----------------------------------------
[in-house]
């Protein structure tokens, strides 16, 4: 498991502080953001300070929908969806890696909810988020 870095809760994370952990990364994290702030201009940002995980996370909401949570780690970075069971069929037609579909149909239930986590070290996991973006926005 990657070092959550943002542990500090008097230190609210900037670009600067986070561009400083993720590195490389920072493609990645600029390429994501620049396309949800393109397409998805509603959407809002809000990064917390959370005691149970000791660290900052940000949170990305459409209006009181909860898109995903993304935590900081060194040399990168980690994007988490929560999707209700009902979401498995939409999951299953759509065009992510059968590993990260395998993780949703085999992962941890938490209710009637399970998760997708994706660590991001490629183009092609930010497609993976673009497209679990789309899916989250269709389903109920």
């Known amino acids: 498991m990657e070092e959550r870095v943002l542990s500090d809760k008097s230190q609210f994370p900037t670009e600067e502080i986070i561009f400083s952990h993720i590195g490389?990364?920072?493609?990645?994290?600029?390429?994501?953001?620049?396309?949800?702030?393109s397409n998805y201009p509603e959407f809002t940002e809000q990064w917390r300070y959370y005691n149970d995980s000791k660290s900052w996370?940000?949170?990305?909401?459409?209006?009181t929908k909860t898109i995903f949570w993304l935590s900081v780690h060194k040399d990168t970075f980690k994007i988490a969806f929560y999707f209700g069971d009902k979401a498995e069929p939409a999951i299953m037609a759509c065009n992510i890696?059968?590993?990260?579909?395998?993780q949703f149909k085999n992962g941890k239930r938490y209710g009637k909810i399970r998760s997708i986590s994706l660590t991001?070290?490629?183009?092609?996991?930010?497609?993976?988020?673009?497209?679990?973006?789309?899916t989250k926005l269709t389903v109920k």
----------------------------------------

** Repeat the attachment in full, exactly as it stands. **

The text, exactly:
[in-house]
């Protein structure tokens, strides 16, 4: 498991502080953001300070929908969806890696909810988020 870095809760994370952990990364994290702030201009940002995980996370909401949570780690970075069971069929037609579909149909239930986590070290996991973006926005 990657070092959550943002542990500090008097230190609210900037670009600067986070561009400083993720590195490389920072493609990645600029390429994501620049396309949800393109397409998805509603959407809002809000990064917390959370005691149970000791660290900052940000949170990305459409209006009181909860898109995903993304935590900081060194040399990168980690994007988490929560999707209700009902979401498995939409999951299953759509065009992510059968590993990260395998993780949703085999992962941890938490209710009637399970998760997708994706660590991001490629183009092609930010497609993976673009497209679990789309899916989250269709389903109920």
């Known amino acids: 498991m990657e070092e959550r870095v943002l542990s500090d809760k008097s230190q609210f994370p900037t670009e600067e502080i986070i561009f400083s952990h993720i590195g490389?990364?920072?493609?990645?994290?600029?390429?994501?953001?620049?396309?949800?702030?393109s397409n998805y201009p509603e959407f809002t940002e809000q990064w917390r300070y959370y005691n149970d995980s000791k660290s900052w996370?940000?949170?990305?909401?459409?209006?009181t929908k909860t898109i995903f949570w993304l935590s900081v780690h060194k040399d990168t970075f980690k994007i988490a969806f929560y999707f209700g069971d009902k979401a498995e069929p939409a999951i299953m037609a759509c065009n992510i890696?059968?590993?990260?579909?395998?993780q949703f149909k085999n992962g941890k239930r938490y209710g009637k909810i399970r998760s997708i986590s994706l660590t991001?070290?490629?183009?092609?996991?930010?497609?993976?988020?673009?497209?679990?973006?789309?899916t989250k926005l269709t389903v109920k």